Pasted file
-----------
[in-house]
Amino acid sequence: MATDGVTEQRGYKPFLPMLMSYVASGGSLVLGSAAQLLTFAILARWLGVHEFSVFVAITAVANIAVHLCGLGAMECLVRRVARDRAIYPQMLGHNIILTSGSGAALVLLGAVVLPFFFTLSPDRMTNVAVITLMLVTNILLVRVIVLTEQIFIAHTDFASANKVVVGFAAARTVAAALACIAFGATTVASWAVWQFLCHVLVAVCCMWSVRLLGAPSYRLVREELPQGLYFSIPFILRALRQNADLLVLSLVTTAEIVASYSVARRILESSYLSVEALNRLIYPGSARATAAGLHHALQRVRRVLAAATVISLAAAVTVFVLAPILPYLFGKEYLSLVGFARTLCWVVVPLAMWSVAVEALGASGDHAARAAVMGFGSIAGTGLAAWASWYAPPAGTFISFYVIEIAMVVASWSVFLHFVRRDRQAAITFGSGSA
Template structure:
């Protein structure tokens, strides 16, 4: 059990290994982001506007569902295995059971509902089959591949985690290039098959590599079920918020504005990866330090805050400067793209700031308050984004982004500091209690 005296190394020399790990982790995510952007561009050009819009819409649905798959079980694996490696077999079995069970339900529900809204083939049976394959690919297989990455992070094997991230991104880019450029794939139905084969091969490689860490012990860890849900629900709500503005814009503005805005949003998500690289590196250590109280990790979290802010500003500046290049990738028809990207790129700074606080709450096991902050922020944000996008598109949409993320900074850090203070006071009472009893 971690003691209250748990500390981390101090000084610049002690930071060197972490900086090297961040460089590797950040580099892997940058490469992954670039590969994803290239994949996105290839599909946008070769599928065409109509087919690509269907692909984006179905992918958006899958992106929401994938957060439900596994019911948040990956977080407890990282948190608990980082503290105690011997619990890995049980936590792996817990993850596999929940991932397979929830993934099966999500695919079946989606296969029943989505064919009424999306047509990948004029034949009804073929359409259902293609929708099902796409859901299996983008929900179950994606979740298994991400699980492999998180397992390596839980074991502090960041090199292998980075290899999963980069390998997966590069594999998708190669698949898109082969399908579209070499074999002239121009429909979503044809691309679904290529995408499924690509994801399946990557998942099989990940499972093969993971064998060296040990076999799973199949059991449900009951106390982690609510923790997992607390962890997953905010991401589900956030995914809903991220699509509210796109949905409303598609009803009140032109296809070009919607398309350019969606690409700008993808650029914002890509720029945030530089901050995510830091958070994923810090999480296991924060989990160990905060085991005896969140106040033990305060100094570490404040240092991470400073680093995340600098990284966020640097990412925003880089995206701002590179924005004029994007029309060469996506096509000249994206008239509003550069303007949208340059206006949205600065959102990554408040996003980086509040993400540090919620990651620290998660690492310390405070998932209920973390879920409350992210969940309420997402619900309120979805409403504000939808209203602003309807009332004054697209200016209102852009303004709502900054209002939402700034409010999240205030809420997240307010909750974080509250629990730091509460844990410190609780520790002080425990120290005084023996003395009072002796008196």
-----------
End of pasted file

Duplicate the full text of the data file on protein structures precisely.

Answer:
[in-house]
Amino acid sequence: MATDGVTEQRGYKPFLPMLMSYVASGGSLVLGSAAQLLTFAILARWLGVHEFSVFVAITAVANIAVHLCGLGAMECLVRRVARDRAIYPQMLGHNIILTSGSGAALVLLGAVVLPFFFTLSPDRMTNVAVITLMLVTNILLVRVIVLTEQIFIAHTDFASANKVVVGFAAARTVAAALACIAFGATTVASWAVWQFLCHVLVAVCCMWSVRLLGAPSYRLVREELPQGLYFSIPFILRALRQNADLLVLSLVTTAEIVASYSVARRILESSYLSVEALNRLIYPGSARATAAGLHHALQRVRRVLAAATVISLAAAVTVFVLAPILPYLFGKEYLSLVGFARTLCWVVVPLAMWSVAVEALGASGDHAARAAVMGFGSIAGTGLAAWASWYAPPAGTFISFYVIEIAMVVASWSVFLHFVRRDRQAAITFGSGSA
Template structure:
């Protein structure tokens, strides 16, 4: 059990290994982001506007569902295995059971509902089959591949985690290039098959590599079920918020504005990866330090805050400067793209700031308050984004982004500091209690 005296190394020399790990982790995510952007561009050009819009819409649905798959079980694996490696077999079995069970339900529900809204083939049976394959690919297989990455992070094997991230991104880019450029794939139905084969091969490689860490012990860890849900629900709500503005814009503005805005949003998500690289590196250590109280990790979290802010500003500046290049990738028809990207790129700074606080709450096991902050922020944000996008598109949409993320900074850090203070006071009472009893 971690003691209250748990500390981390101090000084610049002690930071060197972490900086090297961040460089590797950040580099892997940058490469992954670039590969994803290239994949996105290839599909946008070769599928065409109509087919690509269907692909984006179905992918958006899958992106929401994938957060439900596994019911948040990956977080407890990282948190608990980082503290105690011997619990890995049980936590792996817990993850596999929940991932397979929830993934099966999500695919079946989606296969029943989505064919009424999306047509990948004029034949009804073929359409259902293609929708099902796409859901299996983008929900179950994606979740298994991400699980492999998180397992390596839980074991502090960041090199292998980075290899999963980069390998997966590069594999998708190669698949898109082969399908579209070499074999002239121009429909979503044809691309679904290529995408499924690509994801399946990557998942099989990940499972093969993971064998060296040990076999799973199949059991449900009951106390982690609510923790997992607390962890997953905010991401589900956030995914809903991220699509509210796109949905409303598609009803009140032109296809070009919607398309350019969606690409700008993808650029914002890509720029945030530089901050995510830091958070994923810090999480296991924060989990160990905060085991005896969140106040033990305060100094570490404040240092991470400073680093995340600098990284966020640097990412925003880089995206701002590179924005004029994007029309060469996506096509000249994206008239509003550069303007949208340059206006949205600065959102990554408040996003980086509040993400540090919620990651620290998660690492310390405070998932209920973390879920409350992210969940309420997402619900309120979805409403504000939808209203602003309807009332004054697209200016209102852009303004709502900054209002939402700034409010999240205030809420997240307010909750974080509250629990730091509460844990410190609780520790002080425990120290005084023996003395009072002796008196």